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Wendy Holden

Compensatory bars of chocolate and Keatsian discussions about relationships underpinned this writer's admiration for her English teacher

Compensatory bars of chocolate and Keatsian discussions about relationships underpinned this writer's admiration for her English teacher

Compensatory bars of chocolate and Keatsian discussions about relationships underpinned this writer's admiration for her English teacher

Mrs Symons joined Whitcliffe Mount School in West Yorkshire as deputy head and head of English when I was in the lower sixth, just starting A-levels. I was determined to go to university and intended to read history, which up to then had been my favourite subject. I was vaguely hoping to work for the National Trust, and if it hadn't been for Vanda I would probably have ended up dusting off manuscripts in a basement.

Everything changed when she came and I realised that English was the subject I wanted to do, entirely because of the way she taught it. She did what no teacher had ever done before; she managed to relate it to every aspect of life.

Vanda made me realise English literature isn't just the flower arranging of academia, it's life. Everything you could experience, every place you could go, everything you could think, is somewhere in a book.

Because it was an A-level course, we were studying Shakespeare and the romantic poets. Keats was her burning passion and she was able to make his work absolutely comprehensible to a motley collection of northern sixth formers, some of whom weren't terribly interested. She did it by relating Keats to our lives. I vividly remember her reading in her broad Yorkshire accent: "Love in a hut, with water and a crust, Is - Love forgive us! - cinders, ashes, dust."

She explained you might think you're in love with someone when you are 16, but if you get pregnant and have no money it could turn out to be "cinders, ashes, dust". She encouraged us to aspire to things we possibly hadn't thought of doing. When I decided to try for Cambridge, which was a long shot, it was Vanda who encouraged me to have a go.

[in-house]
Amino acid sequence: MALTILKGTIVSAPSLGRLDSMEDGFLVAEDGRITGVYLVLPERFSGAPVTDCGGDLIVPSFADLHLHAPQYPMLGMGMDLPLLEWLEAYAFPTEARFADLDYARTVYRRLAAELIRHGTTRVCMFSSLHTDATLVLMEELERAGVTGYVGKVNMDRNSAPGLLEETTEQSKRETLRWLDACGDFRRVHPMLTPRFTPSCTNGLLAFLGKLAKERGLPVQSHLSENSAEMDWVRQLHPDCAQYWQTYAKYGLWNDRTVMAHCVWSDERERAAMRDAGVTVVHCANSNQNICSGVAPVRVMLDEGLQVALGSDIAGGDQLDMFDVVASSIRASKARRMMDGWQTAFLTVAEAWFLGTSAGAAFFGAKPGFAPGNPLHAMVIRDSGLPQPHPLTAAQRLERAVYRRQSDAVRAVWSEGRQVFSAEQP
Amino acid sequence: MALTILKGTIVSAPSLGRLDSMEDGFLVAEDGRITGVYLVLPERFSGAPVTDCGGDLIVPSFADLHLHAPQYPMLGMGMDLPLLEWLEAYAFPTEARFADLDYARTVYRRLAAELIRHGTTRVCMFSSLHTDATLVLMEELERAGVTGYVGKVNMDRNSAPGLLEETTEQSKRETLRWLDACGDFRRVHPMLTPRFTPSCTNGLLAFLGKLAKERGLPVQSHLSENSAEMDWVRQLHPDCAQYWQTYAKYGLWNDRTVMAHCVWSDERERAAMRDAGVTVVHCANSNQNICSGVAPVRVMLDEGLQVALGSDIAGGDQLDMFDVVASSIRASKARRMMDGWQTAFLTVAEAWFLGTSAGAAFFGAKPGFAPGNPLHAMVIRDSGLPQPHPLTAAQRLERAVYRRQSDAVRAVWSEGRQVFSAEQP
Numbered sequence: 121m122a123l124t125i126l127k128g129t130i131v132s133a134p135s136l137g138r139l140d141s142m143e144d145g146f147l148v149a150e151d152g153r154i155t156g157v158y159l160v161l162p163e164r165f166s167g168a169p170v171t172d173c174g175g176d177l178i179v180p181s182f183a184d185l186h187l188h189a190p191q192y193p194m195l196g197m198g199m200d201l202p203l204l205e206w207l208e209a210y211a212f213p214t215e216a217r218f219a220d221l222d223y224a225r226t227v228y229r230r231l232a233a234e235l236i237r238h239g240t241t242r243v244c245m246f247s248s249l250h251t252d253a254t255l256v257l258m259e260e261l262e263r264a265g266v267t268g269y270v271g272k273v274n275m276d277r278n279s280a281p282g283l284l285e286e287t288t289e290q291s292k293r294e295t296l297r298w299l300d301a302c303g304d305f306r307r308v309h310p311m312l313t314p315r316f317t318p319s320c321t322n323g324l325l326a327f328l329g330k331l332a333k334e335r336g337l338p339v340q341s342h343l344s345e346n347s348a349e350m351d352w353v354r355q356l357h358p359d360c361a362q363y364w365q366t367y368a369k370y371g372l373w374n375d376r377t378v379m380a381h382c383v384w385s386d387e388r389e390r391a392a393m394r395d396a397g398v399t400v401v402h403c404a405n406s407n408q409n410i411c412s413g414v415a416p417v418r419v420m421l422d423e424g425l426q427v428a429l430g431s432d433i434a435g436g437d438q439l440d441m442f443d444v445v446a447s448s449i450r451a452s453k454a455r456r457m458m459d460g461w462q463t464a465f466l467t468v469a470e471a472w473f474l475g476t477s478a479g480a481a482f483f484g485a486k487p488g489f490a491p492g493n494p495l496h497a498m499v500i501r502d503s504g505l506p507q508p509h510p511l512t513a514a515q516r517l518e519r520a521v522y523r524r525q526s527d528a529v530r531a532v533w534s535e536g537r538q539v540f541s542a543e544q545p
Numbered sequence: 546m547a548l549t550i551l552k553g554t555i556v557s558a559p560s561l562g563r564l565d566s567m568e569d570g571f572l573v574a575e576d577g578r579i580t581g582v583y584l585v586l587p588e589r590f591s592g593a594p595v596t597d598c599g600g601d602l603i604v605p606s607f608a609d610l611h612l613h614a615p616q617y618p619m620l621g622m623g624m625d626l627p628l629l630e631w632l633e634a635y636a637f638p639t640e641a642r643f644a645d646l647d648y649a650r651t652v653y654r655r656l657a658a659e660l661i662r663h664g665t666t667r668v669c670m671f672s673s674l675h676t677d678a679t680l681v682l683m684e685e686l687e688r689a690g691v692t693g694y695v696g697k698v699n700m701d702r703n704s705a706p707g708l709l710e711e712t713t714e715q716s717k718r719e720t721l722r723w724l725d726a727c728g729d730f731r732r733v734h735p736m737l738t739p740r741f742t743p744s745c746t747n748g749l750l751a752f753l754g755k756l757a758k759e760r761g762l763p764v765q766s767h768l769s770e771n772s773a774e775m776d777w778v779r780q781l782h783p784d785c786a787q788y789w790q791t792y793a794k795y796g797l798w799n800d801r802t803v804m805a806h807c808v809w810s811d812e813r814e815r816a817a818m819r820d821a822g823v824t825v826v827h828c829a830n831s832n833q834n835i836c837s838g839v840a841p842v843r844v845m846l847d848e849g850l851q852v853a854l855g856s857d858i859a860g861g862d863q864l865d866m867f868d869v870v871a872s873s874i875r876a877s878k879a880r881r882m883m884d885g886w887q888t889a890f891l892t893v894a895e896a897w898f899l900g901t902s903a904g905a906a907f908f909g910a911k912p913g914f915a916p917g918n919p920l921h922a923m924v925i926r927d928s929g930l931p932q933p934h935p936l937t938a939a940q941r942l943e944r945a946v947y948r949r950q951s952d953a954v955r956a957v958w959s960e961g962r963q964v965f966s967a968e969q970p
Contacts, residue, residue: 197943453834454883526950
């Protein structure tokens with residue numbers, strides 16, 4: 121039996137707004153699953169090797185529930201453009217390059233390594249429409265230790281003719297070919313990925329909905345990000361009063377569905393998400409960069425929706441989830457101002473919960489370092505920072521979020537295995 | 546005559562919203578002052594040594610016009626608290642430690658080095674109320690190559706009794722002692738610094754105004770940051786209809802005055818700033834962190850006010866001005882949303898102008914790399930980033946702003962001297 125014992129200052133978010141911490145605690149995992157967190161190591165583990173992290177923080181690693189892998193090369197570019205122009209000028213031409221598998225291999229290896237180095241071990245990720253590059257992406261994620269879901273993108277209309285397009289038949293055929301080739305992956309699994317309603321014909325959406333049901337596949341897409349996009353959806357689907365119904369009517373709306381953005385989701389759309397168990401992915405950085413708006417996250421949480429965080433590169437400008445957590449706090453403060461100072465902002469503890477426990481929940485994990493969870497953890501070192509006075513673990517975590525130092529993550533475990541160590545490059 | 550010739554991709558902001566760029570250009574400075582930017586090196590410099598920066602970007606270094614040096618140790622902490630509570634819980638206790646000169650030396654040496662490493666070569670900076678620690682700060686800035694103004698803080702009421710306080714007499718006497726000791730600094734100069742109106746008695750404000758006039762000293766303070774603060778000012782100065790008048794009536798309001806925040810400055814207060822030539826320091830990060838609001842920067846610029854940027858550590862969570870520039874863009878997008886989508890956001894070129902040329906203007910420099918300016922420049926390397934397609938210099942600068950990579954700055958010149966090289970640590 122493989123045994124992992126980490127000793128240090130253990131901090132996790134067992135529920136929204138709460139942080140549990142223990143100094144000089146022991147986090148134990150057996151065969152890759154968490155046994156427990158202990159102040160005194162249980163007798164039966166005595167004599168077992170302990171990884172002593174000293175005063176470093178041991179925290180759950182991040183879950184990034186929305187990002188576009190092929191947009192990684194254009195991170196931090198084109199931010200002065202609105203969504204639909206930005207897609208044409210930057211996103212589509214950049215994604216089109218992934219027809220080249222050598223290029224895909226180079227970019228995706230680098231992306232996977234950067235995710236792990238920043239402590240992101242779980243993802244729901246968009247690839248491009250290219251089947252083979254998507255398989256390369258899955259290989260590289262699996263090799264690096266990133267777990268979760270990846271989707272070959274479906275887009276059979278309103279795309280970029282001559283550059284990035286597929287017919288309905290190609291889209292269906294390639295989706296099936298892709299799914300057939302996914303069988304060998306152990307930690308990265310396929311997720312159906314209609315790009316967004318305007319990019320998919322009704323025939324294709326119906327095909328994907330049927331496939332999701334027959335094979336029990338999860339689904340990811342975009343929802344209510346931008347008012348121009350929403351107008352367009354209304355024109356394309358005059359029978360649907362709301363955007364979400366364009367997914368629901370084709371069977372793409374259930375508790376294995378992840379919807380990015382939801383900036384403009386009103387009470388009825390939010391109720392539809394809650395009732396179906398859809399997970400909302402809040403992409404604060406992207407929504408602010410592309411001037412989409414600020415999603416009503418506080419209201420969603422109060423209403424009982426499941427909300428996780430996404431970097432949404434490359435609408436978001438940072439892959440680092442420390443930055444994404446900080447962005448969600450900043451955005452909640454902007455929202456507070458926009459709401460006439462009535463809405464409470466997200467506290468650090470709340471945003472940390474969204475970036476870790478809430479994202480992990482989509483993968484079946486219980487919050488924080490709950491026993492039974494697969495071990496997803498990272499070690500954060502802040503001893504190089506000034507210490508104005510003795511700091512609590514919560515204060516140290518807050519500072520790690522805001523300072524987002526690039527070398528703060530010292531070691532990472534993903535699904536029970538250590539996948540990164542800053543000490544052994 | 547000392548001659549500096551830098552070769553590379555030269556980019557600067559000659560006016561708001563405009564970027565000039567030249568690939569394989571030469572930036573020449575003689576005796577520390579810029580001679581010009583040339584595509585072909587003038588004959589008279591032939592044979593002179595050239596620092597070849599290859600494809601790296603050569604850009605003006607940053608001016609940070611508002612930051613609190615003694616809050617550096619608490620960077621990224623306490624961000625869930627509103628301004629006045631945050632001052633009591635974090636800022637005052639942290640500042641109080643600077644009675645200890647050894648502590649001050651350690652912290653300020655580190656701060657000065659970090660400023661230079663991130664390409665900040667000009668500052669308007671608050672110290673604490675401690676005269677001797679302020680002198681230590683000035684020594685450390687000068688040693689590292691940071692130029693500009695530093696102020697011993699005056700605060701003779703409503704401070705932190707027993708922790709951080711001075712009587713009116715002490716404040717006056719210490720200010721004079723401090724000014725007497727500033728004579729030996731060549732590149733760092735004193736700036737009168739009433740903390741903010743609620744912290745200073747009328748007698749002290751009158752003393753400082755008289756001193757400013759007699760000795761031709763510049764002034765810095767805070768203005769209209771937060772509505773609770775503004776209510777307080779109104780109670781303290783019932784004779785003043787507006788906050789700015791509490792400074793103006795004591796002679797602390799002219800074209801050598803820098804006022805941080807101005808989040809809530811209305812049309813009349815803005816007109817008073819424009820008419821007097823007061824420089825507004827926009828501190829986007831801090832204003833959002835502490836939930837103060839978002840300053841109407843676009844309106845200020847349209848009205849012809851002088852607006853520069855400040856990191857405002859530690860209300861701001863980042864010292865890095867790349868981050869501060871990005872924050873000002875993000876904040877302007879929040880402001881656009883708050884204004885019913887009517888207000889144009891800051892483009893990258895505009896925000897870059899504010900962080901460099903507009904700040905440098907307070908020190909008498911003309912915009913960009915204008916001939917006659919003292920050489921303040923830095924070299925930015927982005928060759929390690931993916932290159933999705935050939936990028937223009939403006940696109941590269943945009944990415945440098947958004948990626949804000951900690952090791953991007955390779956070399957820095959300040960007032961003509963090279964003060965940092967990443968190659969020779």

She talked to us as if we were grown-ups. She was only 36, but she was always moaning about her age. She would say how much she loved chocolate and how she worried about becoming fat. She communicated effortlessly with us like a friend. And she combined this with an absolute passion for her subject.

Vanda even looked different from any teacher I'd ever had. She was glamorous, always well dressed. I see her in a crisp white blouse, smart black skirt and high heels with her brown hair up in a chignon. And she always smelt lovely too. Because she was deputy head, she had her own office and it was full of flowers and all over the walls she had enormous photocopies of lines from Shakespeare or her favourite poems. Wherever you sat your eyes would go to something stimulating and interesting. She lived and breathed her subject.

I worshipped her, but she was popular with everybody. When we were sitting exams she would put little bars of chocolate on every desk. She took us to the theatre, to an amateur production of The Merchant of Venice, and to Stratford to see Macbeth, where we also went to the Black Swan pub where all the actors drank. She also took us to the cinema and arranged a special showing of the Alan Bates film of Hardy's Far from the Madding Crowd.

Her husband, Paddy, was an English teacher at a different school. They were an exotic couple - the Burton and Taylor of English teaching. We've kept in touch. Vanda read some Yeats at my daughter's christening service.

I still feel bad about switching allegiance from history to English because my history teacher, Mr Perrin, was such a lovely man. He had a jolly red face and floppy white hair and brought humour to his subject. Somehow he managed to make Corn Laws, free trade and tariff reform fun.

As long as I can remember, I'd wanted to write a novel, but it wasn't until I went to London and had a job ghost writing Tara Palmer-Tomkinson's column in The Sunday Times that I found a subject. Vanda thought that was great.

Wendy Holden, 42, worked as a journalist for The Sunday Telegraph, Tatler, The Sunday Times and The Mail on Sunday before turning to writing full-time in 2000. Since then she has written several books including Fame Fatale and, most recently, The School for Husbands. She was talking to Pamela Coleman.

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